Historically, cards that with this sort of effect are almost always broken in CCGs. Taking a second turn while your opponent just watches helplessly is, quite frankly, the behaviour of a degenerate cheater. And man do I love it.

In Shadowverse, Hearthstone’s anime-inclined Japanese counterpart, the Runecraft deck which featured effective surrogates for Time Warp, Arcane Giant, and various Mage removal spells was Tier 0 for a while, and is still incredibly oppressive to this day. In Magic the Gathering the card Time Walk is part of the notorious “Power Nine”, a collection of cards considered some of the most ridiculous to ever exist and are subsequently banned in all but the most comical of formats.

This Hearthstone pretender to the throne does have some problems though. The initial theorycraft for the Mage Quest deck uses Arcane Giants which are dropped on the same turn as Time Warp is activated, and then an Alexstrasza follows up on the free turn to allow the 16 damage to close out the game. The problem comes when you actually try to build that deck and start to immediately run out of card slots. Once you’ve packed in all the Freeze Mage stalling tools, as well as removal, card draw and Ice Block, you don’t then have room for cards like Cabalist’s Tome, Mana Bind, Babbling Book, and all the other tools you’ll need to actually fulfill the quest. Not to mention that a lot of those cards just outright suck.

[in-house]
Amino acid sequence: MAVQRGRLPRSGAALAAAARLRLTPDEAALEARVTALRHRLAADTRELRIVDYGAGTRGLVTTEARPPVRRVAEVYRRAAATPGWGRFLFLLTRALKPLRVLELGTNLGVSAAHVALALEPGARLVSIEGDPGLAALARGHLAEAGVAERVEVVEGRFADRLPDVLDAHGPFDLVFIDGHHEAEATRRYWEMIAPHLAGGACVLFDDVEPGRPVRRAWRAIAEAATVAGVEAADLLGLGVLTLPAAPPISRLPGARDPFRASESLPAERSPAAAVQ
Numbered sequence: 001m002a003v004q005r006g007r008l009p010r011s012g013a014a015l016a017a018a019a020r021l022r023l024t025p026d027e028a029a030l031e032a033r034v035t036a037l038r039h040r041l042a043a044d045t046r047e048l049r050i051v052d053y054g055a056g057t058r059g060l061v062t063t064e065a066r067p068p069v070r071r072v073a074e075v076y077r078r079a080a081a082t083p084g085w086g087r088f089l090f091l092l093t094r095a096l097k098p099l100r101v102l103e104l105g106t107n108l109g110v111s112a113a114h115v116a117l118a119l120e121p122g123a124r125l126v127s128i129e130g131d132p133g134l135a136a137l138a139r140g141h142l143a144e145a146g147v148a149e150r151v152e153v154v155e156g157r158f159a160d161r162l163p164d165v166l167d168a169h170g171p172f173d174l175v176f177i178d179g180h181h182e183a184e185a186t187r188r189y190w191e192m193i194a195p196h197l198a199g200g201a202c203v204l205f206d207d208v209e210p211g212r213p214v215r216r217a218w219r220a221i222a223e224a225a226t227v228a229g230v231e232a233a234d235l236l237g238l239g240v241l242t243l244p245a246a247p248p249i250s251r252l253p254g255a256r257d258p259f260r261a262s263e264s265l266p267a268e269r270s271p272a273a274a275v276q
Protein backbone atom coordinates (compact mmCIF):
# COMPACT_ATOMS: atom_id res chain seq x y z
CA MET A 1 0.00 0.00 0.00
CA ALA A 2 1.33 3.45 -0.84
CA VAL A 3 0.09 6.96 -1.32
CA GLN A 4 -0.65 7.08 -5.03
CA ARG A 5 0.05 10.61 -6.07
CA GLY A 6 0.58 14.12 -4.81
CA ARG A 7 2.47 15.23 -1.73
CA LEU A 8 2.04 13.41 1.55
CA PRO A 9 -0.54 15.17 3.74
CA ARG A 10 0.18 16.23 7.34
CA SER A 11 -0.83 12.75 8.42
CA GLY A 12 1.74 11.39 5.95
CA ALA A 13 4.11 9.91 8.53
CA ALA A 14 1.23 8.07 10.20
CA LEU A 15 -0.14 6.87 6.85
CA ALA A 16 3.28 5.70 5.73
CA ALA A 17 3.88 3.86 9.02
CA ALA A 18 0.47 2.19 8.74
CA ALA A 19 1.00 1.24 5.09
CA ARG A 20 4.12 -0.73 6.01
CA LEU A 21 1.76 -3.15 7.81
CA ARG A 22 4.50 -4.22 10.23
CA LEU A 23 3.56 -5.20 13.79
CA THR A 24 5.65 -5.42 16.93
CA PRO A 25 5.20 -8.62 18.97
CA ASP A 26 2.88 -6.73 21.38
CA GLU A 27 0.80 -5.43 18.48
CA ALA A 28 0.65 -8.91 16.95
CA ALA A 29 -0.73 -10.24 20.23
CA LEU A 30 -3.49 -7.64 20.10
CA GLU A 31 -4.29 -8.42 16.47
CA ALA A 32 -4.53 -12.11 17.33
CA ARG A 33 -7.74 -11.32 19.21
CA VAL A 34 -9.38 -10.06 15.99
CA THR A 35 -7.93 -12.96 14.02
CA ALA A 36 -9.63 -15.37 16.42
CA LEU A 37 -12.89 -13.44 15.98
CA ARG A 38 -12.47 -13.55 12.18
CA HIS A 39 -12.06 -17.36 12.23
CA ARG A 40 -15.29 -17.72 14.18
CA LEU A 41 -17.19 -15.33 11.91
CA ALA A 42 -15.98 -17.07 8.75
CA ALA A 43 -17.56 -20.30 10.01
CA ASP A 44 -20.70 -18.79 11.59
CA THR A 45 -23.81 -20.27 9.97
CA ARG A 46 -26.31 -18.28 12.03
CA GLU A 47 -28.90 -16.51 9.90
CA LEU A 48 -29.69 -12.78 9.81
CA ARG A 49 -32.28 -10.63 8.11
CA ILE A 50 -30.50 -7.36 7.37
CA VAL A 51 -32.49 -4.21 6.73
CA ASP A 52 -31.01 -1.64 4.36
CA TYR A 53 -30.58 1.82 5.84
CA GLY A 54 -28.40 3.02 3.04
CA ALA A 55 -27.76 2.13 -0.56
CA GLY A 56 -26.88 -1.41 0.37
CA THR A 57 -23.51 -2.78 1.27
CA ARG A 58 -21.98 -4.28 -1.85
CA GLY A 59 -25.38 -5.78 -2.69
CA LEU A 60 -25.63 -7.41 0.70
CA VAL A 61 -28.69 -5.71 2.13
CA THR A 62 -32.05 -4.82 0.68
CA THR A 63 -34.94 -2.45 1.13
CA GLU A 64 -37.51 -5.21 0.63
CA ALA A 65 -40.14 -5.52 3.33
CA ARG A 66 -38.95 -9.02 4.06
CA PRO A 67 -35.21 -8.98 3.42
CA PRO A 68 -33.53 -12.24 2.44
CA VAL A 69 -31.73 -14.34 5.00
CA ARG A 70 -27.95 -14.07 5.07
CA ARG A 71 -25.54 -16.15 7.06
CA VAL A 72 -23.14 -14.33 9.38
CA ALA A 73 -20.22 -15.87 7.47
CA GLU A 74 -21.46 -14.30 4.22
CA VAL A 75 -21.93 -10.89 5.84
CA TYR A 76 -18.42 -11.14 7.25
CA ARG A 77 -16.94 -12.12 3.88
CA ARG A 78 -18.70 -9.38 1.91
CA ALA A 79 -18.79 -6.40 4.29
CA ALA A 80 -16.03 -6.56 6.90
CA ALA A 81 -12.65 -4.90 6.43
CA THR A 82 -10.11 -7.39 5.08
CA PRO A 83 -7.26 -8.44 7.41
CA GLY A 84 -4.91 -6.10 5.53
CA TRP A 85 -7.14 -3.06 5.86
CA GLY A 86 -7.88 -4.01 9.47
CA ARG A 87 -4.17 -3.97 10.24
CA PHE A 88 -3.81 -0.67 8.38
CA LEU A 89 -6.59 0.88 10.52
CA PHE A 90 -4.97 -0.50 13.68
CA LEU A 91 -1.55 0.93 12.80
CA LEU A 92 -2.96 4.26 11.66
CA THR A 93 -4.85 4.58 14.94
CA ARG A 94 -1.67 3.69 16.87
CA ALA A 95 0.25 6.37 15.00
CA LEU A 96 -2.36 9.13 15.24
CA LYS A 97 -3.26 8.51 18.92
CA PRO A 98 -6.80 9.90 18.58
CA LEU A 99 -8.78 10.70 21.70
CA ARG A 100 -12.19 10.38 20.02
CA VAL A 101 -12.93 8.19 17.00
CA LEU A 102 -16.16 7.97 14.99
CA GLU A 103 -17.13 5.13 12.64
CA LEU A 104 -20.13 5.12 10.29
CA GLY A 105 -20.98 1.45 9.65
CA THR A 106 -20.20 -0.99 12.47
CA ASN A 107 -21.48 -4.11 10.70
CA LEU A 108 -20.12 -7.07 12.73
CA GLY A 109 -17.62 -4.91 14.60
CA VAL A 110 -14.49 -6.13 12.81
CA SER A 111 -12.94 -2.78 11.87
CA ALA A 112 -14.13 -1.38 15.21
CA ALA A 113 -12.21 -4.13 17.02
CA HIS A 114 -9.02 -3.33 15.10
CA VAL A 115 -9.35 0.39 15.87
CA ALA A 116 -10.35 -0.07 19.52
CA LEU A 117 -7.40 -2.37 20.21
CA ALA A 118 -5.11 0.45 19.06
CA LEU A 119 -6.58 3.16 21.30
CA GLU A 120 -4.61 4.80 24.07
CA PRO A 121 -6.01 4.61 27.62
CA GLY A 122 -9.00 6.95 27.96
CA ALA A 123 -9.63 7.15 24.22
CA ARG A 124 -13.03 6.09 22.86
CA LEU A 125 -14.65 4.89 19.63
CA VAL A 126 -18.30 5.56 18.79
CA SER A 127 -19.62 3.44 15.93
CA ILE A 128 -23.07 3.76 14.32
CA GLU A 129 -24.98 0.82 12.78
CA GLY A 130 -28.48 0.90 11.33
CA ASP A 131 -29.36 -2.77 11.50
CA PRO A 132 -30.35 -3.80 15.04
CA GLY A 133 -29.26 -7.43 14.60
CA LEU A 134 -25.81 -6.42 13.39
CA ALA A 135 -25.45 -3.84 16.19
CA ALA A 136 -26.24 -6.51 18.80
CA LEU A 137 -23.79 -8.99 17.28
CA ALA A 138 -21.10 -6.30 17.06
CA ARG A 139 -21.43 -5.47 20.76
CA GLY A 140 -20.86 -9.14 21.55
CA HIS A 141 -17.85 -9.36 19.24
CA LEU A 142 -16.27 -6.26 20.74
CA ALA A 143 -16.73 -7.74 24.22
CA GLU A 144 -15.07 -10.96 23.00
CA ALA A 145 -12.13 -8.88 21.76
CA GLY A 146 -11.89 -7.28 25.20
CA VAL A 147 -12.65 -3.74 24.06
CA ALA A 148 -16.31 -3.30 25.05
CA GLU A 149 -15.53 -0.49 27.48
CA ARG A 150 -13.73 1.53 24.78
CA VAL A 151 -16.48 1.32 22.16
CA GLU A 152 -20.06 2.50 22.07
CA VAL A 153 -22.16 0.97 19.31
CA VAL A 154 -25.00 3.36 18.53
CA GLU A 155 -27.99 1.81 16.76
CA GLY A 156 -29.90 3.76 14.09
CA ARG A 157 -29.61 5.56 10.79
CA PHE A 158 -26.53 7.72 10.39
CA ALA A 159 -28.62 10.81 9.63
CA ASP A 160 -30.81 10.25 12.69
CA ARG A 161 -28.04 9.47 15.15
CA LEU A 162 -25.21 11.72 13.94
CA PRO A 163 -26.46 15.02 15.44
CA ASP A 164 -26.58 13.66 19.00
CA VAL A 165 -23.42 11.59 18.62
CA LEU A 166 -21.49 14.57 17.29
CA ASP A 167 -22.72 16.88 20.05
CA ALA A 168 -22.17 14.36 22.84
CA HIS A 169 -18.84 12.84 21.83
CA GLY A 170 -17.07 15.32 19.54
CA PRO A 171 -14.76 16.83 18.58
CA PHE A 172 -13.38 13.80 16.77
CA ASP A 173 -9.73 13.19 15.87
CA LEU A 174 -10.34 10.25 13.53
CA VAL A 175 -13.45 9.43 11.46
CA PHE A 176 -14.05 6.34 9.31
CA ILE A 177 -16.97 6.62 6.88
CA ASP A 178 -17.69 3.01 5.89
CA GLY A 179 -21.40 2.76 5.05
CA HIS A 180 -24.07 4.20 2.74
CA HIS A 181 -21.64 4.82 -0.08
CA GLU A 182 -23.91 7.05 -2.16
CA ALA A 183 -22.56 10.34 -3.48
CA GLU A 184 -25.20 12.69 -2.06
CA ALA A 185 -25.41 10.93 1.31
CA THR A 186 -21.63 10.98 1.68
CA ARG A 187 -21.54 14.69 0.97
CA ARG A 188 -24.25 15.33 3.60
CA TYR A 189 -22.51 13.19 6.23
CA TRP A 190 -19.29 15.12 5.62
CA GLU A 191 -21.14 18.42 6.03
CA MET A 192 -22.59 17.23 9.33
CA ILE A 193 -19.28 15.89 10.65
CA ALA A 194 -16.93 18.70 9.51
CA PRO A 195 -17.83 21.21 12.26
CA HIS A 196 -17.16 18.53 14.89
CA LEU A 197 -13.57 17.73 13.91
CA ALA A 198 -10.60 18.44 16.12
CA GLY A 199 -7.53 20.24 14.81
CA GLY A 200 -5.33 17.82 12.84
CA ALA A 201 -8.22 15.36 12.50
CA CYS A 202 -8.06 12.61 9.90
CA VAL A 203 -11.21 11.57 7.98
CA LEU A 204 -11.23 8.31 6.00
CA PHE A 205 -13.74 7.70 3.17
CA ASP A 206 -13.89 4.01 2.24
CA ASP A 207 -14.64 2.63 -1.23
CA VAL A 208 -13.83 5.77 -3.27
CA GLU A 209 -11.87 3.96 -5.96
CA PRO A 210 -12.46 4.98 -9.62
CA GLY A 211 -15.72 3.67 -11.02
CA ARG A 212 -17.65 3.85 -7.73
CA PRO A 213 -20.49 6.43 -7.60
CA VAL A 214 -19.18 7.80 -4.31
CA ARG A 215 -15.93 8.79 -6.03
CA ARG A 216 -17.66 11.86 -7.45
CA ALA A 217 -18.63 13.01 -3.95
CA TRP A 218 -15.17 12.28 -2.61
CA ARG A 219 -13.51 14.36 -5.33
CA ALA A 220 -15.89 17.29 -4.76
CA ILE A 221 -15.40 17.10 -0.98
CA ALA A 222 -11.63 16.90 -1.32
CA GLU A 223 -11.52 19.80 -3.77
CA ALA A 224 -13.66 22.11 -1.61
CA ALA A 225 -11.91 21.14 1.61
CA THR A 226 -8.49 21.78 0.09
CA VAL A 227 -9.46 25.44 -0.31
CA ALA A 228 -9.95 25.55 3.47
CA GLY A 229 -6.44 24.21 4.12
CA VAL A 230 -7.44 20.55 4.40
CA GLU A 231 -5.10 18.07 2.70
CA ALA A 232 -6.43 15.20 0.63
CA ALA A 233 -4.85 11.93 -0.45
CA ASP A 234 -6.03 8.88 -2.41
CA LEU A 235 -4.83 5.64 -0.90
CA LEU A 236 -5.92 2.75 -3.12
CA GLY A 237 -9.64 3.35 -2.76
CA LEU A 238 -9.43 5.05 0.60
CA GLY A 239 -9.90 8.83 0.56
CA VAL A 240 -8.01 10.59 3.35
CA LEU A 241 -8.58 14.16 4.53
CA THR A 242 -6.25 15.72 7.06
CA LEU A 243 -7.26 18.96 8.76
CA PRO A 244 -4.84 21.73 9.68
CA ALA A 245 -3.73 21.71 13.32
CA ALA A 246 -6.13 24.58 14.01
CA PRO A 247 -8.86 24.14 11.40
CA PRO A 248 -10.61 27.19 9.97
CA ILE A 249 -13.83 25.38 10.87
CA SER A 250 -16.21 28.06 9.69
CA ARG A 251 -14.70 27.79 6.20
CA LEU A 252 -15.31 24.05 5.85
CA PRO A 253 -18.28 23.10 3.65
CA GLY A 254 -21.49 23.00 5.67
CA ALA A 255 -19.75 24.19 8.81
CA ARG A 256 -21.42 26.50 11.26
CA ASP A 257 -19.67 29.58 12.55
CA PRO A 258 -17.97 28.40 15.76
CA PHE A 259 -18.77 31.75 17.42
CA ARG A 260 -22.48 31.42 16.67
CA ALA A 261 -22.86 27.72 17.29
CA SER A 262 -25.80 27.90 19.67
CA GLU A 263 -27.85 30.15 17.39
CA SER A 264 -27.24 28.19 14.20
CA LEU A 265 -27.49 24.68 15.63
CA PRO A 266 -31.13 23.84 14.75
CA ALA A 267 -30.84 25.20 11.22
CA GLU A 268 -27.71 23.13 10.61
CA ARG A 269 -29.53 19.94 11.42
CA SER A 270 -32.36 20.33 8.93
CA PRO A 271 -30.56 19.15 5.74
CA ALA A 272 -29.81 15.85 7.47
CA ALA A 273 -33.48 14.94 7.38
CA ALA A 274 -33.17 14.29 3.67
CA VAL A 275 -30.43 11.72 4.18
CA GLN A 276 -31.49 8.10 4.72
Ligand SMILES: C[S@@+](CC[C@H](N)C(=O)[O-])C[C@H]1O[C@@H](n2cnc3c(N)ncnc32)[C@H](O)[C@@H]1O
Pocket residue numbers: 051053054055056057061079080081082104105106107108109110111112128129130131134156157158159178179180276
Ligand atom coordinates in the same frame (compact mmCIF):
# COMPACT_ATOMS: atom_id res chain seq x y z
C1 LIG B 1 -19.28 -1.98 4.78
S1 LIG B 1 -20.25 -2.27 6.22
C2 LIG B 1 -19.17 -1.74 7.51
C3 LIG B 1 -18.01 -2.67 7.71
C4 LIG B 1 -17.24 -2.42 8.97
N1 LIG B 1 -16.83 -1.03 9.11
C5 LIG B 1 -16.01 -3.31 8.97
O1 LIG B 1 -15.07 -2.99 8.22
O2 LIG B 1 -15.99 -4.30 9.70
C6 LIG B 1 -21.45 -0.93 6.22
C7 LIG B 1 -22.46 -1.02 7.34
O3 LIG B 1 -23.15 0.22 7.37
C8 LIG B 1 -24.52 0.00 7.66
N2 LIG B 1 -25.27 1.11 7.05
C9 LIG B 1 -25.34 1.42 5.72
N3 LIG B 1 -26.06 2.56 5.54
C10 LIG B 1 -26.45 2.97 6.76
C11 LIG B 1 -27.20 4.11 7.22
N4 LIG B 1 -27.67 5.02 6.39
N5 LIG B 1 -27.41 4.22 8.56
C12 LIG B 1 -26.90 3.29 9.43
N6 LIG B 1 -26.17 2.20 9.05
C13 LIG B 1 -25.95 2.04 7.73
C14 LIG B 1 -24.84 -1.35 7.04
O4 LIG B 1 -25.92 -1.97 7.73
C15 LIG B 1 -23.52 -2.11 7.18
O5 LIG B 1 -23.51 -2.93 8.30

Mark my words though, even if it’s not for another expansion or two, eventually Time Warp is going to bust the game wide open.